Where are June Lockhart and Billy Mumy when we need them? Something, even a couple of players from the original "Lost In Space" series, is clearly needed to jolt the makers of this lame spin-off out of an obvious myopia. Fresh off the fiasco of last year's bombastic flop Starship Troopers, another big studio has taken to depicting the colonialist urge in cinema, this time via the classic TV show.
Jam-packed into its stasis freezers, the Robinson family once again blasts off in its spaceship, the Jupiter 2, in order to visit and improve lovely Alpha Prime. Only two obstacles face the Robinsons: 1) Their mission is opposed by the archvillain Dr. Zachary Smith, a fiend predictably played by Gary Oldman; and 2) They're a bunch of dorks.
Dr. Smith cravenly fiddles with the ship's controls and reprograms the family's robot as well. The big, corny robot, which was the pillar of Billy Mumy's metaphysical jaunts in the "Lost In Space" series, has been replaced by an even bigger, dumber one. When the artificial person booms out, "DESTROY ROBINSON FAMILY! DESTROY!" we're meant to marvel at the bigness of its voice. There lies the modus operandi of the Lost In Space creators.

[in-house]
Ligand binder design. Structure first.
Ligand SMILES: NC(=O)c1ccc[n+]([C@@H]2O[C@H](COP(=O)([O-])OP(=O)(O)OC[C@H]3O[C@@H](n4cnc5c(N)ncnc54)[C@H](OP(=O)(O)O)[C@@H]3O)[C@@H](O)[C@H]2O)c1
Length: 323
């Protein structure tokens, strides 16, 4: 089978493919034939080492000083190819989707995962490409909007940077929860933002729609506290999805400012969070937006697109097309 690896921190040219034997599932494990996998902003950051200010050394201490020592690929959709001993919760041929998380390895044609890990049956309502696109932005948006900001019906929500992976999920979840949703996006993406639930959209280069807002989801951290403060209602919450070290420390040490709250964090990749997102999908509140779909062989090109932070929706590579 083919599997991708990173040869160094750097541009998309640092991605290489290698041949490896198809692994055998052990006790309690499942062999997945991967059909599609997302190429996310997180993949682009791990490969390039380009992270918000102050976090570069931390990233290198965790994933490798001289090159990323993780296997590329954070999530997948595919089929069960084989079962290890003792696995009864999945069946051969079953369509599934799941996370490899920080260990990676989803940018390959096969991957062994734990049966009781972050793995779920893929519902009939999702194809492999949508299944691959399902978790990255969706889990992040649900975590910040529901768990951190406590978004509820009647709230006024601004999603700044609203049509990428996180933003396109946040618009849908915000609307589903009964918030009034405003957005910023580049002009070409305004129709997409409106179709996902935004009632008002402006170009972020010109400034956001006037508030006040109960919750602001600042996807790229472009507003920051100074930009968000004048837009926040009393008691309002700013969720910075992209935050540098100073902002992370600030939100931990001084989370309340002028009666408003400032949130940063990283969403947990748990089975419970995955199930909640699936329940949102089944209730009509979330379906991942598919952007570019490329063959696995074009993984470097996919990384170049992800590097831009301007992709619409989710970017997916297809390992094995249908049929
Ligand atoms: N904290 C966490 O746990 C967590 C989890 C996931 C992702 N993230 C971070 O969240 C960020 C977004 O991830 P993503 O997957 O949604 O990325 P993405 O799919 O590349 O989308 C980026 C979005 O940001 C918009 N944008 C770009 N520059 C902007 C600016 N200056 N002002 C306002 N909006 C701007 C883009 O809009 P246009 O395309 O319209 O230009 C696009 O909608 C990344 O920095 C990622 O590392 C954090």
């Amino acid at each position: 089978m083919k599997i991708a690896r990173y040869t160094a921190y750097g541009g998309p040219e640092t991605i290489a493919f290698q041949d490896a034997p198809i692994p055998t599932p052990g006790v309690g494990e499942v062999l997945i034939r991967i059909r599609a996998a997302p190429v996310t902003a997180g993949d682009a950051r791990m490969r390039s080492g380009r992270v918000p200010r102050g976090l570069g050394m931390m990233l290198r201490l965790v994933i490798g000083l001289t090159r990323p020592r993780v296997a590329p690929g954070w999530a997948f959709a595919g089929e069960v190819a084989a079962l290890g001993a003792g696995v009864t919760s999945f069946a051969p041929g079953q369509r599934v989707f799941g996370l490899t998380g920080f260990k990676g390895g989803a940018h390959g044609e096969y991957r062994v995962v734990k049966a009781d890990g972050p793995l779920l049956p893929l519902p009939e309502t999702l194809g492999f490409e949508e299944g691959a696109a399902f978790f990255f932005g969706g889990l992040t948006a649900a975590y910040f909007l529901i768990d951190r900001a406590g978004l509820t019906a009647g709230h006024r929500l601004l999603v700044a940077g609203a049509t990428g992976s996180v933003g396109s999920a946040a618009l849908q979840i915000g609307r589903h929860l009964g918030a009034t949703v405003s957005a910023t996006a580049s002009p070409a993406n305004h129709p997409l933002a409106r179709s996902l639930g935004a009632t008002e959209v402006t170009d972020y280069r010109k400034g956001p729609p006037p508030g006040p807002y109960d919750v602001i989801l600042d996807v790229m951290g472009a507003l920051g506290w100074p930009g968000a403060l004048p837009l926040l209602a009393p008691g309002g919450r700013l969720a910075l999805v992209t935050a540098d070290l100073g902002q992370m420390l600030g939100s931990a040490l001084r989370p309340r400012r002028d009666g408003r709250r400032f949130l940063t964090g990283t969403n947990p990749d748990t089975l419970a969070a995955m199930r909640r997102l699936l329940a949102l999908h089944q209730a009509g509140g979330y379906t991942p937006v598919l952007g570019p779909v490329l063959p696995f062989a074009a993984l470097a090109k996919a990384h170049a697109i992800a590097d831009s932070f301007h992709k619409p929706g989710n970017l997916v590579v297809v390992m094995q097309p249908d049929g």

Director Stephen Hopkins and visual effects supervisor Angus Bickerton, obviously excited by the range of CGI (computer generated imagery), have loaded the film's humdrum story full of many overblown, impressive-looking sequences. It's as if the prospects of cryosuits, space monkeys and evil spiders excited them so much that they forgot about plot altogether.
Instead, we're treated to a hollow show of graphics that culminates in imperialist cinema's biggest faux pas yet. The filmmakers, clearly pleased with themselves and these evil spiders that resemble the curiously alien bugs of Starship Troopers, treat us to an obscene man-spider hybrid with the single goal of populating the cosmos with its volatile, new genotype.
This is the tragic mishap of sloppy interplanetary endeavors! By misfiring over the haunting pathos of the '60s television series, "Lost In Space," and offsetting their work with facile special effects, these filmmakers prove themselves to be quite, well, lost.
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